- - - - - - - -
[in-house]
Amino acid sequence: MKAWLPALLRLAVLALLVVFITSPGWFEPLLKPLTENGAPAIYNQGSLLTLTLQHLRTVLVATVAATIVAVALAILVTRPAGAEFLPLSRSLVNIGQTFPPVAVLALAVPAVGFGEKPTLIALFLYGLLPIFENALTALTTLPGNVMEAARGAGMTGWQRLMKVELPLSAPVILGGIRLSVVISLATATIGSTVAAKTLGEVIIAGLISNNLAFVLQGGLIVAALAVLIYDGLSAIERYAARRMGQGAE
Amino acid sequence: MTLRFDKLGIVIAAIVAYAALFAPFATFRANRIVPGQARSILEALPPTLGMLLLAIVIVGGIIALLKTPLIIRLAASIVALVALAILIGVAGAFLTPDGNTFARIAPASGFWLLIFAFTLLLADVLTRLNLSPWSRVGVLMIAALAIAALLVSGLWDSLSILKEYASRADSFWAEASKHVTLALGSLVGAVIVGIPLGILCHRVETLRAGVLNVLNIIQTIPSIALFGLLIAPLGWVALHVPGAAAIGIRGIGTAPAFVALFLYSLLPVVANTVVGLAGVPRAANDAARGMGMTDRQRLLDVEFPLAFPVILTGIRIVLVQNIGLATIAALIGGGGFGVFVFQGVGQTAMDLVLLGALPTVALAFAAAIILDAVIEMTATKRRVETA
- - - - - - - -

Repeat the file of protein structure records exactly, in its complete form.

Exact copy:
[in-house]
Amino acid sequence: MKAWLPALLRLAVLALLVVFITSPGWFEPLLKPLTENGAPAIYNQGSLLTLTLQHLRTVLVATVAATIVAVALAILVTRPAGAEFLPLSRSLVNIGQTFPPVAVLALAVPAVGFGEKPTLIALFLYGLLPIFENALTALTTLPGNVMEAARGAGMTGWQRLMKVELPLSAPVILGGIRLSVVISLATATIGSTVAAKTLGEVIIAGLISNNLAFVLQGGLIVAALAVLIYDGLSAIERYAARRMGQGAE
Amino acid sequence: MTLRFDKLGIVIAAIVAYAALFAPFATFRANRIVPGQARSILEALPPTLGMLLLAIVIVGGIIALLKTPLIIRLAASIVALVALAILIGVAGAFLTPDGNTFARIAPASGFWLLIFAFTLLLADVLTRLNLSPWSRVGVLMIAALAIAALLVSGLWDSLSILKEYASRADSFWAEASKHVTLALGSLVGAVIVGIPLGILCHRVETLRAGVLNVLNIIQTIPSIALFGLLIAPLGWVALHVPGAAAIGIRGIGTAPAFVALFLYSLLPVVANTVVGLAGVPRAANDAARGMGMTDRQRLLDVEFPLAFPVILTGIRIVLVQNIGLATIAALIGGGGFGVFVFQGVGQTAMDLVLLGALPTVALAFAAAIILDAVIEMTATKRRVETA